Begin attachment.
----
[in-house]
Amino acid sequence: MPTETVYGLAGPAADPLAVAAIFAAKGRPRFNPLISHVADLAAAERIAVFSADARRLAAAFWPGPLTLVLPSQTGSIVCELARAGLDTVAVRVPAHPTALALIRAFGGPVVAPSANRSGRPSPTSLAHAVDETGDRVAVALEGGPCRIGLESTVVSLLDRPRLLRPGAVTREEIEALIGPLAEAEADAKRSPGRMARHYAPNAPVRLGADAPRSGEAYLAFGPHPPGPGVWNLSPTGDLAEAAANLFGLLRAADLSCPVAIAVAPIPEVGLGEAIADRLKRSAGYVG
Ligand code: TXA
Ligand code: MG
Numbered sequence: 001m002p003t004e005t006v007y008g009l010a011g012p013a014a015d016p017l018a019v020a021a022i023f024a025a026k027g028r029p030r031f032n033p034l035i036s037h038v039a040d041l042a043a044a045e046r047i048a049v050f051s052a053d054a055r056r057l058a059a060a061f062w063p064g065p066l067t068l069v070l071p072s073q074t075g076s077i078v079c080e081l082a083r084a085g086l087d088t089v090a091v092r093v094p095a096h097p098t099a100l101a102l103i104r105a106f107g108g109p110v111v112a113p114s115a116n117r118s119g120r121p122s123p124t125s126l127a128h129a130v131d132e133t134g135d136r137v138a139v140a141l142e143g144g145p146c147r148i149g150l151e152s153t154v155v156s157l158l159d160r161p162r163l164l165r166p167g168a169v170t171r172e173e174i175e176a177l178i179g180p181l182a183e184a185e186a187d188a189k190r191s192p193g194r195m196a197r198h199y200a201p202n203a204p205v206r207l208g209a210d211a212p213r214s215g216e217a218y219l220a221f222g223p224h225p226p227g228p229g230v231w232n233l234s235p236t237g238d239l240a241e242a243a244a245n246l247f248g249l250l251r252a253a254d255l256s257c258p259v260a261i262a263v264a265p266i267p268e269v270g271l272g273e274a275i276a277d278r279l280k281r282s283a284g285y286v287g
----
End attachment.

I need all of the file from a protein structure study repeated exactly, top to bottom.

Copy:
[in-house]
Amino acid sequence: MPTETVYGLAGPAADPLAVAAIFAAKGRPRFNPLISHVADLAAAERIAVFSADARRLAAAFWPGPLTLVLPSQTGSIVCELARAGLDTVAVRVPAHPTALALIRAFGGPVVAPSANRSGRPSPTSLAHAVDETGDRVAVALEGGPCRIGLESTVVSLLDRPRLLRPGAVTREEIEALIGPLAEAEADAKRSPGRMARHYAPNAPVRLGADAPRSGEAYLAFGPHPPGPGVWNLSPTGDLAEAAANLFGLLRAADLSCPVAIAVAPIPEVGLGEAIADRLKRSAGYVG
Ligand code: TXA
Ligand code: MG
Numbered sequence: 001m002p003t004e005t006v007y008g009l010a011g012p013a014a015d016p017l018a019v020a021a022i023f024a025a026k027g028r029p030r031f032n033p034l035i036s037h038v039a040d041l042a043a044a045e046r047i048a049v050f051s052a053d054a055r056r057l058a059a060a061f062w063p064g065p066l067t068l069v070l071p072s073q074t075g076s077i078v079c080e081l082a083r084a085g086l087d088t089v090a091v092r093v094p095a096h097p098t099a100l101a102l103i104r105a106f107g108g109p110v111v112a113p114s115a116n117r118s119g120r121p122s123p124t125s126l127a128h129a130v131d132e133t134g135d136r137v138a139v140a141l142e143g144g145p146c147r148i149g150l151e152s153t154v155v156s157l158l159d160r161p162r163l164l165r166p167g168a169v170t171r172e173e174i175e176a177l178i179g180p181l182a183e184a185e186a187d188a189k190r191s192p193g194r195m196a197r198h199y200a201p202n203a204p205v206r207l208g209a210d211a212p213r214s215g216e217a218y219l220a221f222g223p224h225p226p227g228p229g230v231w232n233l234s235p236t237g238d239l240a241e242a243a244a245n246l247f248g249l250l251r252a253a254d255l256s257c258p259v260a261i262a263v264a265p266i267p268e269v270g271l272g273e274a275i276a277d278r279l280k281r282s283a284g285y286v287g